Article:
Sunday, December 30, 2018

The Small-Town Cost of Trump’s Shortsighted Trade Wars

Midwest farmers are seeing an end of Chinese soybean purchases as China moves to Brazil as a new source of the commodity.  Automakers are decrying steel and aluminum tariffs that will increase auto prices by thousands of dollars and likely push auto manufacturers to look for savings through employee layoffs. And in numerous small towns important manufacturing concerns are facing economic turmoil and possible plant closings all so Der Trumpenführer can feel like a "tough guy" and stroke his sick ego.  A piece in The New Yorker looks at one small town in Arkansas - which voted heavily for Trump - which is now reaping the ill fruits of supporting an unfit malignant narcissist.  As noted before on this blog, while I worry about the children who will be adversely impacted, I hold no sympathy for the adults who voted for this malignant individual and now, in a form of divine justice, are being punished.  Here are article highlights:
In May, when President Trump announced new tariffs on steel and aluminum imported from Canada and Mexico, Chris Pratt, the plant manager at Mid-Continent Nail, the largest nail manufacturer in the U.S., was caught in a bind. Poplar Bluff, Missouri, Mid-Continent’s home, is a sprawling town of seventeen thousand on the eastern edge of the Ozarks, a two-and-a-half-hour drive south of St. Louis. It’s a quiet place and notably conservative. . . . . In 2016, nearly eighty per cent of the county went for Trump. “Did I like the slogan ‘Make America Great Again’?” Pratt said to me. “I sure did.”
And yet the President’s shoot-first, ask-questions-later economic policies have already cost the town hundreds of jobs. Since the tariffs were implemented, in June, the price of imported steel has risen by twenty-five per cent. Mid-Continent, which had to raise its prices on nails nearly as much, soon lost half of its orders and had to let go of almost half its workforce. If they don’t get any relief, Pratt has said, the factory will likely close.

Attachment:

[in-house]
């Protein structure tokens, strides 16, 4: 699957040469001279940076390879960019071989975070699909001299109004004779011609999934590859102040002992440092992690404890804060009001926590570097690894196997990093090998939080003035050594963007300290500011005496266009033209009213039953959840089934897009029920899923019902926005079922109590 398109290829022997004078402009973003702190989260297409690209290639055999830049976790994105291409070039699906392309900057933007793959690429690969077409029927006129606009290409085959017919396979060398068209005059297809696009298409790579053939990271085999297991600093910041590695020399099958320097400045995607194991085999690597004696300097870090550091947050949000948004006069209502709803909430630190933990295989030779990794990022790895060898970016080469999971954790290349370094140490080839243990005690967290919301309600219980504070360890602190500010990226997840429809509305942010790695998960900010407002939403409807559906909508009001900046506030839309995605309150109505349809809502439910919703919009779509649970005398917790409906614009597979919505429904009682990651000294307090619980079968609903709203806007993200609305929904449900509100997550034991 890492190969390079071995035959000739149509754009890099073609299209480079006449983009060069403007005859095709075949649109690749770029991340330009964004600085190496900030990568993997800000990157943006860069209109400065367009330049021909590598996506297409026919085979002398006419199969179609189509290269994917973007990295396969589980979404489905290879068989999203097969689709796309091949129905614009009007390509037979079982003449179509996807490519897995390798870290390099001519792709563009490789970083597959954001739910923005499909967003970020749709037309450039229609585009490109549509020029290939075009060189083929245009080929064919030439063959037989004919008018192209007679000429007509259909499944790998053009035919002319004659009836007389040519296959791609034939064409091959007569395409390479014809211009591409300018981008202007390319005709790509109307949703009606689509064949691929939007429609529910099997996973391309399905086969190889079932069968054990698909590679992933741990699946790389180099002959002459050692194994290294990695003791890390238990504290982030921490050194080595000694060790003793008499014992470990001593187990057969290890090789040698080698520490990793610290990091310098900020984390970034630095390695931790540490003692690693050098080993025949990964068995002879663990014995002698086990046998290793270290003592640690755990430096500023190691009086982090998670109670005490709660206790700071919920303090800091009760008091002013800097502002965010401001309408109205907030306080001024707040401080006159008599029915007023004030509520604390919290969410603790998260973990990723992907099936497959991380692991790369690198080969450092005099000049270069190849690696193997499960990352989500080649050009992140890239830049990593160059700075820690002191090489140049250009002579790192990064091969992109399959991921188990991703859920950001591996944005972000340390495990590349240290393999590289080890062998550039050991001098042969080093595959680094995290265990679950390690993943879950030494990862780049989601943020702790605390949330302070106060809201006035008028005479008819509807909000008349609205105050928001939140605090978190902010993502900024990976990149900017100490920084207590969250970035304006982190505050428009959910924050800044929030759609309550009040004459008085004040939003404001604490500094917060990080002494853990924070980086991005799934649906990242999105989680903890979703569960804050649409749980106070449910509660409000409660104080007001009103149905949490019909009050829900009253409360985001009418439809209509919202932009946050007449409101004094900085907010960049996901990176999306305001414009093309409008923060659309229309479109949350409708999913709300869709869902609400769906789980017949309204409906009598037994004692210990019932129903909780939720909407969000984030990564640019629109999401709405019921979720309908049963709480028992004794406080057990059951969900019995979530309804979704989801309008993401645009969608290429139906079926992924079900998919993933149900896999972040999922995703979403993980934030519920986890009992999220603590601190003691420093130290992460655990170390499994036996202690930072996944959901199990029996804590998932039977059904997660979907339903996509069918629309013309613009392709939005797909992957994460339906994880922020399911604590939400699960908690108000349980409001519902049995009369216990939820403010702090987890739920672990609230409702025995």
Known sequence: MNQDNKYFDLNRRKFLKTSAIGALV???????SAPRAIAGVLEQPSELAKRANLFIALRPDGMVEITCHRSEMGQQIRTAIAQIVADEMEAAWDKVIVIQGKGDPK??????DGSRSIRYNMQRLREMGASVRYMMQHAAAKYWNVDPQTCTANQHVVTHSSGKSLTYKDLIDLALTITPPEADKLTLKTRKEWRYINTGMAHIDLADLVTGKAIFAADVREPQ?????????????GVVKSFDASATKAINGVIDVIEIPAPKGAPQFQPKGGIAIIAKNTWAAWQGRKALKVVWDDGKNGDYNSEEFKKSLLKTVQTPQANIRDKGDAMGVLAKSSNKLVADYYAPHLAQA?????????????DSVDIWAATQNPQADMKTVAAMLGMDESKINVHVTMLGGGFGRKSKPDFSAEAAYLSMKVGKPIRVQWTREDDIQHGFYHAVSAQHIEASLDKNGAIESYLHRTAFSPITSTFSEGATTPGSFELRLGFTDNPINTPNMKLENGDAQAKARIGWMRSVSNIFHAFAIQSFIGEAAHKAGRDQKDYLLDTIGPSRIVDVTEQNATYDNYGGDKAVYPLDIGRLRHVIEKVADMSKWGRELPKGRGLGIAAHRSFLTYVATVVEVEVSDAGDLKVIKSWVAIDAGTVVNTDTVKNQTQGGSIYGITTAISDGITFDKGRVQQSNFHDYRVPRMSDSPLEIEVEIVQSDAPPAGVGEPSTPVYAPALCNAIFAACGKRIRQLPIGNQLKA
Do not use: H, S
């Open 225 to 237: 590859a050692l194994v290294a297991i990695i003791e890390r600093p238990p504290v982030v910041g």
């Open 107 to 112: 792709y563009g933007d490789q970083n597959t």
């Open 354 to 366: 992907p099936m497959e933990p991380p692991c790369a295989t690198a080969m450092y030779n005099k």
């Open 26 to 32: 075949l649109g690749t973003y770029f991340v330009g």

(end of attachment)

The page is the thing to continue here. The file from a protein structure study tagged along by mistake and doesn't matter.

Mid-Continent’s unexpected role in Trump’s trade wars highlights the tangled knots of the global economy. Before 2012, the firm was owned by two local brothers, who sold it to Deacero, a Mexican steel manufacturer (also owned by brothers), which now supplies Mid-Continent with the wire needed to make nails. When Pratt learned of the sale, he worried that the Mexican firm would close the Poplar Bluff factory and move the jobs there south of the border. But the new owners made a commitment to continue making nails in the U.S. In the next six years, the number of employees at Mid-Continent more than doubled, from two hundred and forty-seven to five hundred and seven. Last December, at the factory’s Christmas party, Pratt was feeling so optimistic about the future that he announced hopes to grow to a thousand employees.
Pratt’s effort to save his company—and the jobs of his employees, many of whom are friends—has prompted appearances on NPR, Fox News, and other media outlets. In July, he told a reporter for the Washington Post, “We’re in a situation where we’re fighting against our own country.” He has also met with members of Congress, U.S. senators, and even the Secretary of Commerce, Wilbur Ross.
Unfortunate, yes.  But these people who voted for Trump brought this economic disaster on themselves when they embraced Trump's racist and xenophobic agenda.

1 comment:

Sixpence Notthewiser said...

Can you hear that? Is the music from the tiniest violin. It plays for them.